Remember Emmet, from the Lego Movie? It hit me when he sang, “Everything is awesome when you’re part of a team.” What is salad if not a well-oiled team??? More

Vinny Grette’s best vinaigrettes


Beet and apple vinaigrette. Full of fight-o-nutrients!

Will waved his grandpa’s cane in front of him, as if he were fending off a stampeding herd of dinosaurs. “Fight-O-nutrients!” he roared, charging across the room. “I need some for lunch, please, Vinny?”

I braced for a high five, as Will raced back toward me, his free hand raised, his sword hand busy. “Gotta keep my energy up!”

No problemo,” I said. “It’s summer time and the livin’-healthy thing is easy. Just eat lots of bright veggies and fruits, and phytonutrients are yours for the taking. These are salad days!”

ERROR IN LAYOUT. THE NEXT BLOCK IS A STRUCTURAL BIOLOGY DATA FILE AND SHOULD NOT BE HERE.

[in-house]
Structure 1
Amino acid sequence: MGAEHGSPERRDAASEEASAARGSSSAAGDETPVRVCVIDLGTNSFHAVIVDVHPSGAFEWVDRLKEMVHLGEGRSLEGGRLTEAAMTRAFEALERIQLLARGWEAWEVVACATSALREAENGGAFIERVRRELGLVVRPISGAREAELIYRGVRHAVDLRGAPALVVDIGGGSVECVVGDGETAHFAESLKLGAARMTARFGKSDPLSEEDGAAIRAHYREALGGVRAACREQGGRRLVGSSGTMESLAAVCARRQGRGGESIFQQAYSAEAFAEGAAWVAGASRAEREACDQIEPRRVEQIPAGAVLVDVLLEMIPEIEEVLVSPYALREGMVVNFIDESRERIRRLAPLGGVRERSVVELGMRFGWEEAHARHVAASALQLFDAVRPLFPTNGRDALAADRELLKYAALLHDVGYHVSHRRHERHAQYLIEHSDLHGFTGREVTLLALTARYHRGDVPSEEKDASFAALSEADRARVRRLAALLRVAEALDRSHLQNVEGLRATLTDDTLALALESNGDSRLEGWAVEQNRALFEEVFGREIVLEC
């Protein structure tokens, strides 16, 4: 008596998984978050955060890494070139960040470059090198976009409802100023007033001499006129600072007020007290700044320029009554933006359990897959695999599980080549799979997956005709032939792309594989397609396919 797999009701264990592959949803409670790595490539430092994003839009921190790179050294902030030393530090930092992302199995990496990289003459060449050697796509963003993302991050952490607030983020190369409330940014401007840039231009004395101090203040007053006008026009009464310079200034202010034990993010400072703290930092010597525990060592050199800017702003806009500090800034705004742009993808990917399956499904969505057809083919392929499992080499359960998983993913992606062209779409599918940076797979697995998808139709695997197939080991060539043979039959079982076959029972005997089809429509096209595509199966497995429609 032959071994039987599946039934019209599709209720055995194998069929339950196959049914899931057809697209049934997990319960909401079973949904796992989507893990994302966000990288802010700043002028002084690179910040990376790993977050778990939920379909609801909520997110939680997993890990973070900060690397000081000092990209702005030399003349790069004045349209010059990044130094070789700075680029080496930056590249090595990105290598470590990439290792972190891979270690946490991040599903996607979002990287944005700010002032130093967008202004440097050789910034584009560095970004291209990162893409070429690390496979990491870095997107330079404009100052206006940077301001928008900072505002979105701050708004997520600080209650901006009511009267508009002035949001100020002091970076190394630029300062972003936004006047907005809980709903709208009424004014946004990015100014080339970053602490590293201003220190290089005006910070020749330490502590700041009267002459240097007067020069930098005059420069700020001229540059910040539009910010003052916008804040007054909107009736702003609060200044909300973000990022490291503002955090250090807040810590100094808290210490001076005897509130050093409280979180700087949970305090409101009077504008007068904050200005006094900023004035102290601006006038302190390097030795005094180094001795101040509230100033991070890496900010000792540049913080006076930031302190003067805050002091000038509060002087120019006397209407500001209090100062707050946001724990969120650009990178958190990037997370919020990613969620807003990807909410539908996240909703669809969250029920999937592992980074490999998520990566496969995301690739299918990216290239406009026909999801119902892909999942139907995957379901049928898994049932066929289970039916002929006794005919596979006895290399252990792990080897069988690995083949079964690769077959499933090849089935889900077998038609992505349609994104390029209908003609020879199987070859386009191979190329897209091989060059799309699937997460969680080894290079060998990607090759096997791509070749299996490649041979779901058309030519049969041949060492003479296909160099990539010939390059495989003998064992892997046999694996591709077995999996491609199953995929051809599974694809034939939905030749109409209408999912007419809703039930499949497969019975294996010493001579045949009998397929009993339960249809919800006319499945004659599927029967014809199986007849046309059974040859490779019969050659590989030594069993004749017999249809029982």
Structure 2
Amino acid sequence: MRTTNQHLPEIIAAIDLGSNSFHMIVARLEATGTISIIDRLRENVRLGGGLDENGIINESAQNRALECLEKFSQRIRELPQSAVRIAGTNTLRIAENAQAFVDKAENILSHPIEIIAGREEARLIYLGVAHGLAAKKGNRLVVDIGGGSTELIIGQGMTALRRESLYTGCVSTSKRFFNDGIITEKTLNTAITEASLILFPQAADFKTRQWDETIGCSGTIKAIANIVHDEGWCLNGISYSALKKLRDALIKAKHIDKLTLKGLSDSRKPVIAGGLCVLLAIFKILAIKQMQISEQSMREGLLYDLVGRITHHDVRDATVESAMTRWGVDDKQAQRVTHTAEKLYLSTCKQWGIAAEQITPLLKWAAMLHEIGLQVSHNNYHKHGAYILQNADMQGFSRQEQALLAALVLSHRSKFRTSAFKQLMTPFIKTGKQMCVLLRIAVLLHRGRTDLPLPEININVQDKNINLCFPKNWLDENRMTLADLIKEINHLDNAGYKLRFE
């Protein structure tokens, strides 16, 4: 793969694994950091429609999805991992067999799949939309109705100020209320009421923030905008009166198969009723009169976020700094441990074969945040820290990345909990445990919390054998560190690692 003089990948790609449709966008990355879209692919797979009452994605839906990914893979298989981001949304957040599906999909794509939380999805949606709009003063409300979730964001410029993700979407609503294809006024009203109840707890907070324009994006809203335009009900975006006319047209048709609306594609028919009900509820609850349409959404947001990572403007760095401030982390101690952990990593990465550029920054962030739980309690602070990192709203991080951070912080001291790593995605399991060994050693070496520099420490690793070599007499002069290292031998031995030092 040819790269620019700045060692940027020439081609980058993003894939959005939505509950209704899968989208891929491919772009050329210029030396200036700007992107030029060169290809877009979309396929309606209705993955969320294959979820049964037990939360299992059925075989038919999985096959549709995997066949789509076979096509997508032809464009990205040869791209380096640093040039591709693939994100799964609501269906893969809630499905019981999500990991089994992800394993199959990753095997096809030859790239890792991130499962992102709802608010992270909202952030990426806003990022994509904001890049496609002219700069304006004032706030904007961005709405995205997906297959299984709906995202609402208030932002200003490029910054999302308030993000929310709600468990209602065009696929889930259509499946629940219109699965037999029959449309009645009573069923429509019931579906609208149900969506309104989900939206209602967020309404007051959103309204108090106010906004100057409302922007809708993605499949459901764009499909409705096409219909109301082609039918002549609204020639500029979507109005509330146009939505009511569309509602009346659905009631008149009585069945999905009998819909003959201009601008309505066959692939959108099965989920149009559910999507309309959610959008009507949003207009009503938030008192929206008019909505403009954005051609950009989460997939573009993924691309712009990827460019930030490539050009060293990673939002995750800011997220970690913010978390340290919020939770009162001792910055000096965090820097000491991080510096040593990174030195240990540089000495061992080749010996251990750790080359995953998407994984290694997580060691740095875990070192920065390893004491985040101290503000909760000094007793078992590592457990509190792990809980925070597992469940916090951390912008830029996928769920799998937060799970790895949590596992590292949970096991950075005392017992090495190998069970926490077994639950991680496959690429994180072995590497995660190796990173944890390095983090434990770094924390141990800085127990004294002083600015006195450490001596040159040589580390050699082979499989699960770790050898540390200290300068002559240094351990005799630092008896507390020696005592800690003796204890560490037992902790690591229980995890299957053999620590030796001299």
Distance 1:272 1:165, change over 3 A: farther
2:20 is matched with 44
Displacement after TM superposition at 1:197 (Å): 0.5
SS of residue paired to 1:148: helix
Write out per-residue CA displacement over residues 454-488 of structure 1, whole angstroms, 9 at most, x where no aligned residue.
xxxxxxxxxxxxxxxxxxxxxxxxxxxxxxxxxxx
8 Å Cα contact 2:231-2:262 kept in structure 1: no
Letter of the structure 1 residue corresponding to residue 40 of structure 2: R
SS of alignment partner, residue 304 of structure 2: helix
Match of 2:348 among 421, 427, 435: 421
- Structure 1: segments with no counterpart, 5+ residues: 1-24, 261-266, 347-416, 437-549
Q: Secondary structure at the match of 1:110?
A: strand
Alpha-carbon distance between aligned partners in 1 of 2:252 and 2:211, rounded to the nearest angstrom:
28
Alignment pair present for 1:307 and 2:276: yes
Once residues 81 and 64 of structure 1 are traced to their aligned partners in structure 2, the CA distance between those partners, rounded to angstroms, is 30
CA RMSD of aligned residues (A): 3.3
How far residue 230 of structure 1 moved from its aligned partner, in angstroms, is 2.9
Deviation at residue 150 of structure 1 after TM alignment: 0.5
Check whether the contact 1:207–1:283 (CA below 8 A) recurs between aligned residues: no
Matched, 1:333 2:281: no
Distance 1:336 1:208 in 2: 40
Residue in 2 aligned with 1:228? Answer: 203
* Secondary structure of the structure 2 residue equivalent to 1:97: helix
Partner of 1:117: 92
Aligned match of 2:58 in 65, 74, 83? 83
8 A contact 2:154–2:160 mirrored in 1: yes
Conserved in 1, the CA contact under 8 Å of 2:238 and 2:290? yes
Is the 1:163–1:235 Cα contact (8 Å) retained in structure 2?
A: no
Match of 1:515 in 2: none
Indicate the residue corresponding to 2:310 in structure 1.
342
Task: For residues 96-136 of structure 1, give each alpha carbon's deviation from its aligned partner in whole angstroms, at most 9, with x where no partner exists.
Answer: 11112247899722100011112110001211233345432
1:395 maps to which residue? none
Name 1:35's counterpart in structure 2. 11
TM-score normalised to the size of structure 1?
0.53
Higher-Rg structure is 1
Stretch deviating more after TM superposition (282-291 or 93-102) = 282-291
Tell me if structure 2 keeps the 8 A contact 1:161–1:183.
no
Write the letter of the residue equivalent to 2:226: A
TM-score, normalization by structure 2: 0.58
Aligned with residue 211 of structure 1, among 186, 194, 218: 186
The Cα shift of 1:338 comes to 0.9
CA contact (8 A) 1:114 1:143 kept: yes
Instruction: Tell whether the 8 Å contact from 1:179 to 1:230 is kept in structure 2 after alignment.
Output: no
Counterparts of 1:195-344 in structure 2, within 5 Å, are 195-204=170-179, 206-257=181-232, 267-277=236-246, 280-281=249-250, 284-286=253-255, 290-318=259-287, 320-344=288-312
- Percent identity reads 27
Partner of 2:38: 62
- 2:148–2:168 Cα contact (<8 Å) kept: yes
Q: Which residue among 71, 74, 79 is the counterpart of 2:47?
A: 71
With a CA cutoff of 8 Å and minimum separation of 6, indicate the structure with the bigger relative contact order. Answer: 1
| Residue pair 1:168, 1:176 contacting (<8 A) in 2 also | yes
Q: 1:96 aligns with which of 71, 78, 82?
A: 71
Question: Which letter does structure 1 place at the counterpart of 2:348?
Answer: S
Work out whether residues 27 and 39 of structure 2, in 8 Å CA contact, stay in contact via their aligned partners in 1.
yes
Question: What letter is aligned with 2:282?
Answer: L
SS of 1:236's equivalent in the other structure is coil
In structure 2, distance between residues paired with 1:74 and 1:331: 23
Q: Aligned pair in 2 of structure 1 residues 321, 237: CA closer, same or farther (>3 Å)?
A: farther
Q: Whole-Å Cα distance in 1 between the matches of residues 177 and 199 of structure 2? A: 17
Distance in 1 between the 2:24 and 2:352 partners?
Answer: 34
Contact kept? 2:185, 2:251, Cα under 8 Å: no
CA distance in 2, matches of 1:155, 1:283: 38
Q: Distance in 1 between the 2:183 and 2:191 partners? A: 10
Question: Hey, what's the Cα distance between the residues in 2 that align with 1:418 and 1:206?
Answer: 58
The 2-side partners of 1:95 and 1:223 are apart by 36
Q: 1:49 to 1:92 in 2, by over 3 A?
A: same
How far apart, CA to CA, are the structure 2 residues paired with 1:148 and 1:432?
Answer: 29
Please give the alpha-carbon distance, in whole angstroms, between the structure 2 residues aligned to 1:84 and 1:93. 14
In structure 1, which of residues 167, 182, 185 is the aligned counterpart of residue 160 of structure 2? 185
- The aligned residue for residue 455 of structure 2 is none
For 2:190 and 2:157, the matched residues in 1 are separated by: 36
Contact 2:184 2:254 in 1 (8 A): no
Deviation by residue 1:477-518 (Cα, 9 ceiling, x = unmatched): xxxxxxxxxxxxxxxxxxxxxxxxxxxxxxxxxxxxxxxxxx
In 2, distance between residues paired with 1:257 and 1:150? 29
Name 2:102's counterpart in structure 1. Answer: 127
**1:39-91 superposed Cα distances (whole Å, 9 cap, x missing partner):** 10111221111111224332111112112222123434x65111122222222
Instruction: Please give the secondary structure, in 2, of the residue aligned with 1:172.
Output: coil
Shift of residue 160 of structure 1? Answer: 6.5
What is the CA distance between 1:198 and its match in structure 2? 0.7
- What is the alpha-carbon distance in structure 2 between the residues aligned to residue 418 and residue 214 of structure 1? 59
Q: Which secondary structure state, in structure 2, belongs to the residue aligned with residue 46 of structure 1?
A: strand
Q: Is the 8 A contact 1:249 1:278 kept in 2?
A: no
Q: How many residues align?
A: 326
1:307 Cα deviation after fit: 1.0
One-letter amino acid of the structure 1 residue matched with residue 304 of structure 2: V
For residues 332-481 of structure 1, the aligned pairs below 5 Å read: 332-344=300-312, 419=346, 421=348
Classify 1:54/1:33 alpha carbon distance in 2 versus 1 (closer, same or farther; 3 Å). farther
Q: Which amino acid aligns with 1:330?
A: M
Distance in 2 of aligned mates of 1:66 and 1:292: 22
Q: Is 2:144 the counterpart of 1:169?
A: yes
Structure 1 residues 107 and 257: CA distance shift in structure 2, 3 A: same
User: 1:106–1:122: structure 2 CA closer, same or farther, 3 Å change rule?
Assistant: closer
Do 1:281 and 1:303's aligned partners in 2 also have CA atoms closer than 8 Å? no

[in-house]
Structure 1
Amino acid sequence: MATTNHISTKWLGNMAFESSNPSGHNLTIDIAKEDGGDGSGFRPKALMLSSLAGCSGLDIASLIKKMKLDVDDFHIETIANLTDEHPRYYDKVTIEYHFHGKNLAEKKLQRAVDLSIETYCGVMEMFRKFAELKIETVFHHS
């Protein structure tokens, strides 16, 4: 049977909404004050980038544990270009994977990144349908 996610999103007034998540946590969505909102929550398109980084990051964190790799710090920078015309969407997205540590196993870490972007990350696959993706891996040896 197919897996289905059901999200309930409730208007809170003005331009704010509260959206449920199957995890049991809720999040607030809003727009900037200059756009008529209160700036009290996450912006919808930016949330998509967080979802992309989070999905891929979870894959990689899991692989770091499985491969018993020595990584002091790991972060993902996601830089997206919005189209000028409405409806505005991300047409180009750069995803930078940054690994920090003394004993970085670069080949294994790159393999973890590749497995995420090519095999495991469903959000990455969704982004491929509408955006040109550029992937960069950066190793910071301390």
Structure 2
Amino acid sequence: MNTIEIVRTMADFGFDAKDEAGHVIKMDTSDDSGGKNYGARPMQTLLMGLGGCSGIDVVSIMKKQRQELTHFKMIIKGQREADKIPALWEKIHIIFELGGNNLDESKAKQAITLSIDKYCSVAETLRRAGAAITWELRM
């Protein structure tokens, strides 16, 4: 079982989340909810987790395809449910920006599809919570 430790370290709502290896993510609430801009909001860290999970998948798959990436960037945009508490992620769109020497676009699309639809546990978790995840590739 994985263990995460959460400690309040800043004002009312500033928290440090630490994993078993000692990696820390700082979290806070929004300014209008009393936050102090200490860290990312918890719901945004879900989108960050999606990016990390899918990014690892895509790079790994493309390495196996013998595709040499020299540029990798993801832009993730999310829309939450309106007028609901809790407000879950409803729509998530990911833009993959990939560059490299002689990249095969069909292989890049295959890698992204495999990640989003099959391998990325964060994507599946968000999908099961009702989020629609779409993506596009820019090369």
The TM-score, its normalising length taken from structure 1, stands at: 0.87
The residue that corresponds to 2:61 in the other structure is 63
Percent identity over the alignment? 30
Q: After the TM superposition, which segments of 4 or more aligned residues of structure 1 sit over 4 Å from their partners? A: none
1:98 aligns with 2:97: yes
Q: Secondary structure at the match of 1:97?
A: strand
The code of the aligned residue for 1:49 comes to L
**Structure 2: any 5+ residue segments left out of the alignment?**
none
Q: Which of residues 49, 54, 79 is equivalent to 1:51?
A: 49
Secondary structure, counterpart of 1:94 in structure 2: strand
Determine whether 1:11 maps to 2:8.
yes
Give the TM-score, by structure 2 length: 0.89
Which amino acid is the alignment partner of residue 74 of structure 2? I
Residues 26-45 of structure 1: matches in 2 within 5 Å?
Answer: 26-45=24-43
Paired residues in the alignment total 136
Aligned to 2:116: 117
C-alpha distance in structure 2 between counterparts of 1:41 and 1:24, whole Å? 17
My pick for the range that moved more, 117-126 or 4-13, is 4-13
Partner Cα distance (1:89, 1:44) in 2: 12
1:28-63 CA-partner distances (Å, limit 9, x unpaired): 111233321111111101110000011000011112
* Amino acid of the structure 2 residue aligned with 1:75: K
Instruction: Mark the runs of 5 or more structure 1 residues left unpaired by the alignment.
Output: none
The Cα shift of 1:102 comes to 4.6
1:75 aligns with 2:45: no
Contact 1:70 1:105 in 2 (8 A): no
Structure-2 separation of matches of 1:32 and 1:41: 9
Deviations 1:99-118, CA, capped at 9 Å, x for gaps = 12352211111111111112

“Salads are boring. And I hate veggies,” moaned Will. “Isn’t there something else?” More

Birthday cake for a country

Happy Birthday, Canada!

Happy Birthday, Canada!

Canada Day in Ottawa, our nation’s capital, is always a great party. The city closes down and the roads are open only to buses, people, and entertainers. The past few years, even our own street joined in the fun, with party food for the neighborhood, everybody bringing something special. Vinny brought his “Jubilation” – a cake made by the young Elizabeth during the war, before she was queen, when sugar was at a premium and food was hard to come by. Here’s the story of how “Jubilation” came to be, which I first published a few years back. More

Tommy Tucker’s brown bread… cheesy and barbecued

Baked cheesy bread

Little Tommy Tucker sings for his supper, What shall we give him? Brown bread and butter. How shall he cut it without a knife? How shall he marry without a wife?